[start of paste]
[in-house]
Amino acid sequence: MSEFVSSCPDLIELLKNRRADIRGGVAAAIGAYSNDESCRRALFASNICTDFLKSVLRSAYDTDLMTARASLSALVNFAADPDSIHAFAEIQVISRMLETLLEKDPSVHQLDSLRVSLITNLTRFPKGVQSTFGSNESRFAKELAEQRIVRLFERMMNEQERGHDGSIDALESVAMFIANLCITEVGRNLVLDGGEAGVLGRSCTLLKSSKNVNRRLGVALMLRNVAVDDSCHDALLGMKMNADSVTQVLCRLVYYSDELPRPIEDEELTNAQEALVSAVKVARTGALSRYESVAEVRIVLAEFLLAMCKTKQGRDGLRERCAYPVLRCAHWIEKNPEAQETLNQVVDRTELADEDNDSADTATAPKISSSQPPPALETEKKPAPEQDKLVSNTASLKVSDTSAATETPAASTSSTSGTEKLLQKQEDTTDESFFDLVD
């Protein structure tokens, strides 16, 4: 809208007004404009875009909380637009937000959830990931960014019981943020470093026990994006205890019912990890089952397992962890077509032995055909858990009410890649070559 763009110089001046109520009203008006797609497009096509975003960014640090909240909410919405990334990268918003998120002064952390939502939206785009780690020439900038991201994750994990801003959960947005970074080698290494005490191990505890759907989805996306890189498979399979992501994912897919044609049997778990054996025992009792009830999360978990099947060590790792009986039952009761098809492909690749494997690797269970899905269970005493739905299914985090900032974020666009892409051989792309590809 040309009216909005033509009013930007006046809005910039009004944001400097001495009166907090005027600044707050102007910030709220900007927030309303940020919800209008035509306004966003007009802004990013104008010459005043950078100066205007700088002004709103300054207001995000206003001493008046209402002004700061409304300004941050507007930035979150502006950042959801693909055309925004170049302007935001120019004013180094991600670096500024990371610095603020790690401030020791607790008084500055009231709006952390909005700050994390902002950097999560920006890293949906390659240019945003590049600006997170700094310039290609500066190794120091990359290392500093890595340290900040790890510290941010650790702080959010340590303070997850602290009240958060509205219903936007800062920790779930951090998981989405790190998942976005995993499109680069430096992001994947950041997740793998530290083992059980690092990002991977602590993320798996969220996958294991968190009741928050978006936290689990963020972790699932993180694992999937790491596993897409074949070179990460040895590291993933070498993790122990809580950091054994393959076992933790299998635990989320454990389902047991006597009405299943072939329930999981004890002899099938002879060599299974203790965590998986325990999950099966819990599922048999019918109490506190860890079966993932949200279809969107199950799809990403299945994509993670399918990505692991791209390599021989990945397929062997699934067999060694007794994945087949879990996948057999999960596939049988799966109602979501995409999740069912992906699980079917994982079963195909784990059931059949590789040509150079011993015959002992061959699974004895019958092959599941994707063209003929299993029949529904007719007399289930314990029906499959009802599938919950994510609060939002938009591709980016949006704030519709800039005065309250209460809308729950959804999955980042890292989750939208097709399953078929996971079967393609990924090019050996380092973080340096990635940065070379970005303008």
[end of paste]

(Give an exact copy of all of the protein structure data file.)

[in-house]
Amino acid sequence: MSEFVSSCPDLIELLKNRRADIRGGVAAAIGAYSNDESCRRALFASNICTDFLKSVLRSAYDTDLMTARASLSALVNFAADPDSIHAFAEIQVISRMLETLLEKDPSVHQLDSLRVSLITNLTRFPKGVQSTFGSNESRFAKELAEQRIVRLFERMMNEQERGHDGSIDALESVAMFIANLCITEVGRNLVLDGGEAGVLGRSCTLLKSSKNVNRRLGVALMLRNVAVDDSCHDALLGMKMNADSVTQVLCRLVYYSDELPRPIEDEELTNAQEALVSAVKVARTGALSRYESVAEVRIVLAEFLLAMCKTKQGRDGLRERCAYPVLRCAHWIEKNPEAQETLNQVVDRTELADEDNDSADTATAPKISSSQPPPALETEKKPAPEQDKLVSNTASLKVSDTSAATETPAASTSSTSGTEKLLQKQEDTTDESFFDLVD
């Protein structure tokens, strides 16, 4: 809208007004404009875009909380637009937000959830990931960014019981943020470093026990994006205890019912990890089952397992962890077509032995055909858990009410890649070559 763009110089001046109520009203008006797609497009096509975003960014640090909240909410919405990334990268918003998120002064952390939502939206785009780690020439900038991201994750994990801003959960947005970074080698290494005490191990505890759907989805996306890189498979399979992501994912897919044609049997778990054996025992009792009830999360978990099947060590790792009986039952009761098809492909690749494997690797269970899905269970005493739905299914985090900032974020666009892409051989792309590809 040309009216909005033509009013930007006046809005910039009004944001400097001495009166907090005027600044707050102007910030709220900007927030309303940020919800209008035509306004966003007009802004990013104008010459005043950078100066205007700088002004709103300054207001995000206003001493008046209402002004700061409304300004941050507007930035979150502006950042959801693909055309925004170049302007935001120019004013180094991600670096500024990371610095603020790690401030020791607790008084500055009231709006952390909005700050994390902002950097999560920006890293949906390659240019945003590049600006997170700094310039290609500066190794120091990359290392500093890595340290900040790890510290941010650790702080959010340590303070997850602290009240958060509205219903936007800062920790779930951090998981989405790190998942976005995993499109680069430096992001994947950041997740793998530290083992059980690092990002991977602590993320798996969220996958294991968190009741928050978006936290689990963020972790699932993180694992999937790491596993897409074949070179990460040895590291993933070498993790122990809580950091054994393959076992933790299998635990989320454990389902047991006597009405299943072939329930999981004890002899099938002879060599299974203790965590998986325990999950099966819990599922048999019918109490506190860890079966993932949200279809969107199950799809990403299945994509993670399918990505692991791209390599021989990945397929062997699934067999060694007794994945087949879990996948057999999960596939049988799966109602979501995409999740069912992906699980079917994982079963195909784990059931059949590789040509150079011993015959002992061959699974004895019958092959599941994707063209003929299993029949529904007719007399289930314990029906499959009802599938919950994510609060939002938009591709980016949006704030519709800039005065309250209460809308729950959804999955980042890292989750939208097709399953078929996971079967393609990924090019050996380092973080340096990635940065070379970005303008």